The Freedom Speech of Wendell Phillips: Faneuil Hall, December 8, 1837, with Descriptive Letters from Eye Witnesses (Google eBook)

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Wendell Phillips Hall Association, 1890 - 10 pages
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Page ii - Sir, when I heard the gentleman lay down principles which place the murderers of Alton side by side with Otis and Hancock, with Quincy and Adams, I thought those pictured lips [pointing to the portraits in the Hall] would have broken into voice to rebuke the recreant American, — the slanderer of the dead.
Page 6 - How would the intimation have been received, that Warren and his associates should have waited a better time? But if success be indeed the only criterion of prudence, Respice finem — wait till the end. Presumptuous to assert the freedom of the press on American ground ! Is the assertion of such freedom before the age ? So much before the age as to leave one no right to make it because it displeases the community? Who invents this libel on his country? It is this very thing which entitles Lovejoy...
Page 7 - They saw that of which we cannot judge, the necessity of resistance. Insulted law called for it. Public opinion, fast hastening on the downward course, must be arrested. Does not the event show they judged rightly ? Absorbed in a thousand trifles, how has the nation all at once come to a stand ? Men begin, as in 1776 and 1640, to discuss principles, to weigh characters, to find out where they are. Haply we may awake before we are borne over the precipice. I am glad, Sir, to see this crowded house....
Page 1 - I did not come here to take any part in this discussion, nor do I intend to ; but I do entreat you, fellow citizens, by everything you hold sacred, — I conjure you by every association connected with this Hall, consecrated by our fathers to freedom of discussion,— that you listen to every man who addresses you in a decorous mantier.
Page v - Fellow-citizens, is this Faneuil Hall doctrine ? [" No, no."] The mob at Alton were met to wrest from a citizen his just rights, — met to resist the laws. We have been told that our fathers did the same ; and the glorious mantle of Revolutionary precedent has been thrown over the mobs of our day. To make out their title to such defence, the gentleman says that the British Parliament had a right to tax these Colonies. It is manifest that, without this, his parallel falls to the ground ; for Lovejoy...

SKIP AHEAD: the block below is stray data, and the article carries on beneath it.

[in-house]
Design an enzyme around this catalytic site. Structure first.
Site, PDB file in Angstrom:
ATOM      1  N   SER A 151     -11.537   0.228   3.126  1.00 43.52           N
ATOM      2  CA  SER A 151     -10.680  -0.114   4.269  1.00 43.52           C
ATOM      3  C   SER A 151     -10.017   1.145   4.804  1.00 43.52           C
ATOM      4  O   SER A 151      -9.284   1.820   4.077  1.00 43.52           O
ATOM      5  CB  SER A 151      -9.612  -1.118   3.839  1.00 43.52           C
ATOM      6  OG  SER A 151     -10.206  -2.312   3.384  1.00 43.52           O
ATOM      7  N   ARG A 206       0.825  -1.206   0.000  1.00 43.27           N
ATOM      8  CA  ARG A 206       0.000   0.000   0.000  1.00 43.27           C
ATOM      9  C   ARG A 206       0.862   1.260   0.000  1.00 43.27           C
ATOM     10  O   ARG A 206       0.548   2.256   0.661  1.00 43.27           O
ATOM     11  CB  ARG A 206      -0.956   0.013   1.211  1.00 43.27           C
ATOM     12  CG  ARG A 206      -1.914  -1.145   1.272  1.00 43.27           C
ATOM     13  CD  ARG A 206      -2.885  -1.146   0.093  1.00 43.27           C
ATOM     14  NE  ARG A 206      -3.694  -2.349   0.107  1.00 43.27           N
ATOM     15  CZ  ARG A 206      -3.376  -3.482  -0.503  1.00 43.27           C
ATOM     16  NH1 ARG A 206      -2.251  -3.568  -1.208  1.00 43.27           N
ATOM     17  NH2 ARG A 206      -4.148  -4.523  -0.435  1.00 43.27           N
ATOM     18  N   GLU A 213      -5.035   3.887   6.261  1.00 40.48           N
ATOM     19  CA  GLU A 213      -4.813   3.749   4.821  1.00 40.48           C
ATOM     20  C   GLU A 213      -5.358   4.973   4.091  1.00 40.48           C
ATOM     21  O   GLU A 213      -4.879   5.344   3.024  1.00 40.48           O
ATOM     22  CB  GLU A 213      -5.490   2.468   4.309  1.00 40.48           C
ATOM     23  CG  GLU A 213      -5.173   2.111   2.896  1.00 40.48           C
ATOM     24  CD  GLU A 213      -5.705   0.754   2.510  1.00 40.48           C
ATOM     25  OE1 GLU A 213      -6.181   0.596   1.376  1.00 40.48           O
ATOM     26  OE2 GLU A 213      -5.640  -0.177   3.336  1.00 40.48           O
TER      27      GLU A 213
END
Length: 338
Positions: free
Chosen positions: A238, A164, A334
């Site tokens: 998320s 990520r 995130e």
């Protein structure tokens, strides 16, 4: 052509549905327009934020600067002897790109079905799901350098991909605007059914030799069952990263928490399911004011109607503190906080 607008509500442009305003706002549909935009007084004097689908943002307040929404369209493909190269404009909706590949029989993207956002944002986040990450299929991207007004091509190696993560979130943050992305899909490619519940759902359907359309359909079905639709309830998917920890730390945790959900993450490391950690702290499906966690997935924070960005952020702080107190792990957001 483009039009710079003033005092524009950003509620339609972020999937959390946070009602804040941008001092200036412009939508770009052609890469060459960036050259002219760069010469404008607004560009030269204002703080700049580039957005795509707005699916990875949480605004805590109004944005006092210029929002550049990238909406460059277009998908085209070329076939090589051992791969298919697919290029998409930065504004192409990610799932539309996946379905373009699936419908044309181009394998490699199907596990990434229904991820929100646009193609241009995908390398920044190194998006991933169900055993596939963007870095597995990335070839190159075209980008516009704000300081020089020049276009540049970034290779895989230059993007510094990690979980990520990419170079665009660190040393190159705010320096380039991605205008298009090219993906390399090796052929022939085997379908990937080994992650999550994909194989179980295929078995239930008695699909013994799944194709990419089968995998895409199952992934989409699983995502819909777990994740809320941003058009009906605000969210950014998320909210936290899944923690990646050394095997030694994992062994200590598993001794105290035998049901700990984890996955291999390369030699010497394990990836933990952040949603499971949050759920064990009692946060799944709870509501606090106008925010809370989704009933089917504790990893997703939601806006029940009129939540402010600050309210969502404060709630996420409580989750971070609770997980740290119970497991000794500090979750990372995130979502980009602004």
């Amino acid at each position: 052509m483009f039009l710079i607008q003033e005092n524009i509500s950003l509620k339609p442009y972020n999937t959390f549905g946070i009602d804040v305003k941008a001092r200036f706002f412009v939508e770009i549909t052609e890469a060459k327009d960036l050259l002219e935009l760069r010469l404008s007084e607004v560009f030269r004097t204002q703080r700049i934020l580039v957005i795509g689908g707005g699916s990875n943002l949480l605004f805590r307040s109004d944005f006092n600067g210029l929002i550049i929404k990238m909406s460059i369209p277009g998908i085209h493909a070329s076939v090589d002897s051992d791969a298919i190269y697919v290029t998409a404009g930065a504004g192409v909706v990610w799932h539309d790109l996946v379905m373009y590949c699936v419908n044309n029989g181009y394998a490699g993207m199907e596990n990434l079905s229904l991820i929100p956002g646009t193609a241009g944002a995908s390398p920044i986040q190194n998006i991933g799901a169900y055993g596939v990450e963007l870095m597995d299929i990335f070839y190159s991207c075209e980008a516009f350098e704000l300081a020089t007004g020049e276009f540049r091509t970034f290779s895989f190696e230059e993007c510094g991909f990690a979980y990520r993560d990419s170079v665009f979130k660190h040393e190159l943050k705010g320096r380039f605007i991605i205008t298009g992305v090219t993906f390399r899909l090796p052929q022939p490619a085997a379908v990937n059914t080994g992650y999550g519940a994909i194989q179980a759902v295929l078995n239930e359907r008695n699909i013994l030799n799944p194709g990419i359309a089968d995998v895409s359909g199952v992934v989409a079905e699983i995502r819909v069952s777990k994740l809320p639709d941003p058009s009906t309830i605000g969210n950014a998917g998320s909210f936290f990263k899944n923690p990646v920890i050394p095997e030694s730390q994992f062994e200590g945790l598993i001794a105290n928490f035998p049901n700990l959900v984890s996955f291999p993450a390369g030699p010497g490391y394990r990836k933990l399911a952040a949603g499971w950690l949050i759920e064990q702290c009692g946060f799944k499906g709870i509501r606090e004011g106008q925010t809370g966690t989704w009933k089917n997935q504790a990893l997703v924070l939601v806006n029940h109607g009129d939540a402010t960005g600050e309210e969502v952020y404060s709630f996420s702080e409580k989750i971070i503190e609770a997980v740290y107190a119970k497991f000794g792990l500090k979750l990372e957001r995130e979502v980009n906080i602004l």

Page 1 - State from another be an imaginary one or ocean-wide, the moment you cross it, the State you leave is blotted out of existence, so far as you are concerned. The Czar might as well claim to control the deliberations of Faneuil Hall, as the laws of Missouri demand reverence, or the shadow of obedience, from an inhabitant of Illinois.
Page 5 - The gentleman says Lovejoy was presumptuous and imprudent — he " died as the fool dieth." And a reverend clergyman of the city tells us that no citizen has a right to publish opinions disagreeable to the community!' If any mob follows such publication, on him rests its guilt. He must wait, forsooth, till the people come up to it and agree with him ! This libel on liberty goes on to say that the want of right to speak as we think is an evil inseparable from republican institutions ! If this be so,...
Page iv - Hallett, were unanimously adopted, and measures taken to secure a much larger number of names to the petition. This call the Mayor and Aldermen obeyed. The meeting was held on the 8th of December, and organized, with the Hon. Jonathan Phillips for Chairman. Dr. Channing made a brief and eloquent address. Resolutions, drawn by him, were then read and offered by Mr.
Page 6 - One word, gentlemen. As much as thought is better than money, so much is the cause in which Lovejoy died nobler than a mere question of taxes. James Otis thundered in this hall when the king did but touch his pocket. Imagine, if you can, his indignant eloquence had England offered to put a gag upon his lips.
Page 4 - damn with faint praise," or load with obloquy, the memory of this man, who shed his blood in defence of life, liberty, property, and the freedom of the press! Throughout that terrible night I find nothing to regret but this, that within the limits of our country, civil authority should have been so prostrated as to oblige a citizen to arm in his own defence, and to arm in vain. The gentleman says Lovejoy was presumptuous and imprudent, —he

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